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Prev Med. 2001 Oct;33(4):292-9.

How do residents prioritize smoking cessation for young "high-risk" women? Factors associated with addressing smoking cessation.

Author information

1
Cancer Prevention, Detection and Control Research Program, Duke Comprehensive Cancer Center, Duke University, Durham, NC 27710-2949, USA. kathryn.pollack@duke.edu

Abstract

BACKGROUND:

Sixty-seven percent of physicians report advising their smoking patients to quit. Primary care residents' priorities for preventive health for a young "high-risk" female are unknown. Factors related to residents addressing smoking also need examining.

METHODS:

One hundred residents completed a survey about preventive health issues for a woman in her 20s "who leads a high-risk lifestyle." Residents indicated which topics they would address, and the likelihood that they would address each of 12 relevant preventive health topics, their outcome expectancies that the patient would follow their advice on each topic, their confidence that they could address the topic, and perceived barriers for addressing the topic.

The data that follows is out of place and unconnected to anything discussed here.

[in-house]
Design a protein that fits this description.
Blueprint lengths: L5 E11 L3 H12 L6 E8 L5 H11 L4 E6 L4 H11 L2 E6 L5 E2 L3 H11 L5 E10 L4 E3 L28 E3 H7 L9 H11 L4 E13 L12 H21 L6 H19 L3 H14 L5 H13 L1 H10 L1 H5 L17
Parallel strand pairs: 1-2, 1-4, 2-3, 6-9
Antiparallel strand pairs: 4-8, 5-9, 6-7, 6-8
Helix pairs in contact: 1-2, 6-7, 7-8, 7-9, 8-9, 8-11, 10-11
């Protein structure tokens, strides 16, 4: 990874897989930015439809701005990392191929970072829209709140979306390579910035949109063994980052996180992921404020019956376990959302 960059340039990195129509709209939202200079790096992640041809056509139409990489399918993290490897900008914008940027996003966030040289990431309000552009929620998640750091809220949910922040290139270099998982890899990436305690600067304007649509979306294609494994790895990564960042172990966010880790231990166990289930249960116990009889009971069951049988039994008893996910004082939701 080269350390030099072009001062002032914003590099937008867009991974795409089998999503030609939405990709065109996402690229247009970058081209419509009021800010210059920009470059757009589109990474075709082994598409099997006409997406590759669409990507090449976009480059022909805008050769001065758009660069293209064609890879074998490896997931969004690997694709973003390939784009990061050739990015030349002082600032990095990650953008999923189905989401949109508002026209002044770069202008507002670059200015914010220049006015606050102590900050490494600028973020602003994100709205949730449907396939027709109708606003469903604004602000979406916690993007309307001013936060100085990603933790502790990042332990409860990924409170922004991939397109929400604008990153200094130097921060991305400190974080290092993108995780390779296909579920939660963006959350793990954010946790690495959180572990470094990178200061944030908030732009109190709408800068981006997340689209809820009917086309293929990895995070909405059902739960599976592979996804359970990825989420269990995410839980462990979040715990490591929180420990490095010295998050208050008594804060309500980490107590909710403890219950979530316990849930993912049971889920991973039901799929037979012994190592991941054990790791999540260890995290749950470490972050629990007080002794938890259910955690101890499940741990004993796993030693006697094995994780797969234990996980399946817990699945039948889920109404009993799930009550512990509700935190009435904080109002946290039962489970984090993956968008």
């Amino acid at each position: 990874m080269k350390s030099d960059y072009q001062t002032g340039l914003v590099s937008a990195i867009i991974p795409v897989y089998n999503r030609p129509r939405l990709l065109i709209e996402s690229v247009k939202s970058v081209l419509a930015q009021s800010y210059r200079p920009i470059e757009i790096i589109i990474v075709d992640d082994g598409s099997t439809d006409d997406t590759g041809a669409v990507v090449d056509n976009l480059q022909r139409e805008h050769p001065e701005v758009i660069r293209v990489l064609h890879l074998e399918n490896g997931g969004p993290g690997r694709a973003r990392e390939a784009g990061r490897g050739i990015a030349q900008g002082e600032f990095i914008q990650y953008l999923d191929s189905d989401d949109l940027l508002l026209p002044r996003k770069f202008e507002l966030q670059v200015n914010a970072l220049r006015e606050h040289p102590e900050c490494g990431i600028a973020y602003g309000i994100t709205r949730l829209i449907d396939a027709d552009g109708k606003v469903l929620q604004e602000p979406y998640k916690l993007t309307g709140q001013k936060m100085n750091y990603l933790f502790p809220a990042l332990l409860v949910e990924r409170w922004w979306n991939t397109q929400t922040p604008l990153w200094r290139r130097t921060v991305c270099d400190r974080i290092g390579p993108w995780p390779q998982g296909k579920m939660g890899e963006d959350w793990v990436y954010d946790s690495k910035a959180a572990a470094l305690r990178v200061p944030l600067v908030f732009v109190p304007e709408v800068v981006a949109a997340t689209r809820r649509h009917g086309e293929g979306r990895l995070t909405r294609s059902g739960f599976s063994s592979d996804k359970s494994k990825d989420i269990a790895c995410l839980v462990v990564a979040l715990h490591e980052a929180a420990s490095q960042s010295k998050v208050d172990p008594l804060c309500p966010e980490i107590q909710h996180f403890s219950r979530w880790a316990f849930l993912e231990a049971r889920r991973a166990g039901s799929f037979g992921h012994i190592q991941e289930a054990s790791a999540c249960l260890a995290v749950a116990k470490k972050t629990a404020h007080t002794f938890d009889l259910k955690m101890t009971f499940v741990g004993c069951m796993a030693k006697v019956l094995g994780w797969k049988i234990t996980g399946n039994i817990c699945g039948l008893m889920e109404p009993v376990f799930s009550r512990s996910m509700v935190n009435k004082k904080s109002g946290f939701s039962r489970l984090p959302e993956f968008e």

RESULTS:

Residents listed STD prevention most frequently. Drug use and smoking cessation were second and third most frequently listed. Residents who believed that the patient would follow their advice were more likely to list smoking cessation than residents who had lower outcome expectancies for that patient. Higher barriers were negatively related to addressing smoking cessation.

CONCLUSIONS:

When time is not a barrier, residents are likely to address smoking cessation. Teaching residents how to incorporate this subject into their clinical practice is needed. Raising residents' outcome expectancies may increase their likelihood of addressing smoking cessation.

PMID:
11570833
DOI:
10.1006/pmed.2001.0884
[Indexed for MEDLINE]

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